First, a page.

When he was left paralyzed from the waist down from a spinal infection, Mr. Graves “turned his creative eye to the deplorable state of health-care design.” He re-designed “the look and handling ease of everything from wheelchairs to entire kitchens.” Throughout his career, Michael Graves “remained true to his personal understanding of classical design — extending it beyond the historical with the goal of making the human measure more universal and everyday life a richer experience.”
March 16, 2015
Big technology companies are snapping up small design firms, reports Molly Wood in The New York Times (3/19/15). “Google, Facebook, Adobe, Dropbox and Yahoo, for example, have all bought design-oriented startups since 2010,” according to a report by John Maeda, a venture capitalist. The primary reason is recognition that design — not just of products but of user experiences — is the crucial competitive advantage. “If you can make this amazing bracelet and the software is bad, you’re going to throw it away,” says John.
The primacy of function over form is spreading because really good apps are highlighting the potential of good user design in new categories. “Let’s say you’re a doctor and electronic medical records are really terribly done as an industry,” says Ben Blumenfeld, another venture capitalist. “Doctors are starting to use iPhones and they’re saying, ‘Wait a second, why doesn’t my electronic records system work like my iPhone apps?’” The potential has been particularly heightened by well-designed apps like Uber’s, which make a hard task easier.
However, “the real design victory is in carefully considering exactly how someone will want to navigate an app, communicate with another person or conduct a transaction. That’s a big shift for the tech industry, which has long prized engineering acumen and product management.” John Maeda says the traditional focus on product design alone is “just surface-driven thinking,” adding: “It isn’t that design is more important than technology or the business model. You need both.”
March 11, 2015
A new generation of technology is reinventing the phone call, reports Shira Ovide in The Wall Street Journal (3/13/15). The issue is that while email can be efficient, it also tends eliminate context and collaboration. “You’ve distilled all the waste out of the phone conversation and what’s left are these really important times when you need to talk to someone in real time, and get some emotion and back-and-forth,” says Craig Walker, founder of Switch, a technology platform that replaces traditional telephone hardware with a web-based, subscription service.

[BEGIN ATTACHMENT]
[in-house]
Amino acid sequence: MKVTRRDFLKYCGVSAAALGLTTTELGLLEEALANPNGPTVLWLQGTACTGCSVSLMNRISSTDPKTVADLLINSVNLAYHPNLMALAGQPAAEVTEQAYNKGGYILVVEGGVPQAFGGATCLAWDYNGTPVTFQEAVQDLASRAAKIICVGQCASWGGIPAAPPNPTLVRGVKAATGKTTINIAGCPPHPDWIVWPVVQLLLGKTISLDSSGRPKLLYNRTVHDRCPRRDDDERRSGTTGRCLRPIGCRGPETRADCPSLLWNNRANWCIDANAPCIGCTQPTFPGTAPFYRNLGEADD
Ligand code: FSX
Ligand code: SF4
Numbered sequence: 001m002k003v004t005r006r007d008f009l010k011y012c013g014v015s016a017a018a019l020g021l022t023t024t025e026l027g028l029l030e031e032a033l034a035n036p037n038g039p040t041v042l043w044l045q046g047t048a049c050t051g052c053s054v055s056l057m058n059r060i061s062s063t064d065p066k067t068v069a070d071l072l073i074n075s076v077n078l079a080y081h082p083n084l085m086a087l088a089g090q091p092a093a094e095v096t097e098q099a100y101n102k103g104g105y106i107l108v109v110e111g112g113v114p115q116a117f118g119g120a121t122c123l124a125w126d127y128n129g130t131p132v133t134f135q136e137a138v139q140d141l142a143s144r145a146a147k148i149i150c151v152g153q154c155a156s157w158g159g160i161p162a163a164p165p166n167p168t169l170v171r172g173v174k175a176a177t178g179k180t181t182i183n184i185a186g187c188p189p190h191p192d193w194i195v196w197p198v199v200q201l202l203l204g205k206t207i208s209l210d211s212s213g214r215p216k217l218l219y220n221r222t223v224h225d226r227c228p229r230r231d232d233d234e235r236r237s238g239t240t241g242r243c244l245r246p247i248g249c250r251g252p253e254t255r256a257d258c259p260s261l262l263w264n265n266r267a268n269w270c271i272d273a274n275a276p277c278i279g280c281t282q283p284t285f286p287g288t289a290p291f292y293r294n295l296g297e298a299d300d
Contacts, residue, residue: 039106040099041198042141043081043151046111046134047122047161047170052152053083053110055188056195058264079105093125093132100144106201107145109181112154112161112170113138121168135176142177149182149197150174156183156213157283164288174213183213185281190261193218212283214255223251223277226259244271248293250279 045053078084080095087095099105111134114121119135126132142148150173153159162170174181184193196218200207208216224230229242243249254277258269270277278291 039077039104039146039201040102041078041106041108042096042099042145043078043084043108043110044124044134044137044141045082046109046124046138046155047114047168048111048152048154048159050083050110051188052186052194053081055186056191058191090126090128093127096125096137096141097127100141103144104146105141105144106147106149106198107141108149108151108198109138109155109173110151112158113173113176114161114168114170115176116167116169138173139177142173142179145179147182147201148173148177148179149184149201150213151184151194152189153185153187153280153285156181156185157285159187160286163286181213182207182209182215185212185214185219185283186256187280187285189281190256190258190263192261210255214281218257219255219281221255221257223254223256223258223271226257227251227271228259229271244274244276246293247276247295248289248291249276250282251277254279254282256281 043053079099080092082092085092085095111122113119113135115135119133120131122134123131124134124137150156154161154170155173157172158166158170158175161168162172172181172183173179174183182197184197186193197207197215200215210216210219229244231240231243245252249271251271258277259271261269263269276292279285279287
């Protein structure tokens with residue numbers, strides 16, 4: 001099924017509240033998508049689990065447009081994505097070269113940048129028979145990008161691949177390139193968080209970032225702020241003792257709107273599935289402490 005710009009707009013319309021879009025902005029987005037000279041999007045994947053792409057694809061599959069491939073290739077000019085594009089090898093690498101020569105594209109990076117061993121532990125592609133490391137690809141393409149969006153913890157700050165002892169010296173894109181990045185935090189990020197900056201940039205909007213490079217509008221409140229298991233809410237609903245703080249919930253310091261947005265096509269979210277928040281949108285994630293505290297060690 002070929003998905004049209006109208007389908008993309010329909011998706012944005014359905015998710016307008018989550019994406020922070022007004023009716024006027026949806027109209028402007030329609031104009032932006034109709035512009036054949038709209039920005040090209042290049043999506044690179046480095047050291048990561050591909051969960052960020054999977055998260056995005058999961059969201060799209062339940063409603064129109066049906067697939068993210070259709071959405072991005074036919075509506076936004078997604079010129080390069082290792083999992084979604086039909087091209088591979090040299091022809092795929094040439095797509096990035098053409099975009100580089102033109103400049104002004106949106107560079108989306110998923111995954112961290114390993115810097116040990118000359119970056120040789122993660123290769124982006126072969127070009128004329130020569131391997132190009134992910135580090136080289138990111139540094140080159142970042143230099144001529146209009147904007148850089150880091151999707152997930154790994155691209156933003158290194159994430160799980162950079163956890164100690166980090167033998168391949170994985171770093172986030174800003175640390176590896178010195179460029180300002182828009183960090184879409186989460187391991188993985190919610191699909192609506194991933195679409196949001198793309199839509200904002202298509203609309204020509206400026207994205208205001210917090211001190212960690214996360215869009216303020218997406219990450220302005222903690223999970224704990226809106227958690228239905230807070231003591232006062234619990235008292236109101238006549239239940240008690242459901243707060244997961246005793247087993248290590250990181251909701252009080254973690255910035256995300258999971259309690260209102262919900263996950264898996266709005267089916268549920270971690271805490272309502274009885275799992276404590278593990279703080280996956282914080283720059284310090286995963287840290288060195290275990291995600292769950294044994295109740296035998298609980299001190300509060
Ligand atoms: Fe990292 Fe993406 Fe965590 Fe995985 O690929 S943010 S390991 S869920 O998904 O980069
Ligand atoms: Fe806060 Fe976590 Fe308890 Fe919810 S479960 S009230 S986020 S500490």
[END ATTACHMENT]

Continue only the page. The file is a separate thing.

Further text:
Switch enables users to “dial voice calls via computer, switch devices mid-call, and see documents exchanged with the person on the other end of the line.” It can also ring “conference participants automatically at the appointed time, making 800 numbers and PINS unnecessary.” In concept, this is not new, as Microsoft and others have provided similar capabilities. One difference is that offerings like Switch tend to provide greater functionality at lower cost, “and don’t rely on company technicians.”
The technology is similar to that used by Uber, the ridesharing service, which uses Twilio to power “automated text messages that let customers know a driver is waiting,” for example. At Weather Co., meanwhile, Switch is seen as being “less about cost than about maximizing productivity.” Chief Information and Technology Officer Bryson Koehler comments: “My goal for the organization has been to shift the way we work and really empower our company and our people to work in a mobile, agile, collaborative, next-generation way.”
March 11, 2015
Alan Alda is using improv to help scientists “explain their ideas clearly,” reports Kenneth Chang in The New York Times (3/3/15). Alan is, of course, “the actor who played Hawkeye in the television series M*A*S*H more than three decades ago.” He also “has long held a deep interest in science.” When he was 11, he asked his teacher, “what is a flame?” and was unsatisfied with the answer: oxidation. However, as an adult, hosting Scientific American Frontiers on PBS, Alan found that it was possible to “draw out engaging explanations.”
Over the years, Alan suggested to university presidents that they should “teach scientists how to present their research to the public.” In 2007, he found his first taker: Shirley Strum Kenny of Stony Brook University. Two years later, the school “established the Center for Communicating Science … as part of its journalism school.” The coursework involves having scientists discuss their work while improvising a dramatic role. Alan says this helps the scientists connect with their audience.
“What I find interesting about this is you’re suddenly talking about your work in a way you’ve never talked about it before,” he says. “Not jokes, not cleverness … It’s the contact with the other person.” In other exercises, scientists “threw around imaginary balls of varying weights … tried to explain a smartphone to a time traveler from the past, and talked of cherished photographs while holding up a blank white folder.” Alan has won over many skeptics, and the program is now known as the Alan Alda Center for Communicating Science.
March 6, 2015
Scientists say fidgeting and creativity are linked, reports Sue Shellenbarger in The Wall Street Journal (3/3/15). The idea is that some “hand movements have an impact on cognitive functioning, improving focus or sparking fresh thinking or faster learning,” according to NYU researchers at the Polytechnic School of Engineering. “The research holds clues as to how people who feel restless or confined by computer work might find physical stimulation and stress release.” Experiments involve playing with Slinkys, ball-point pens and gadgets.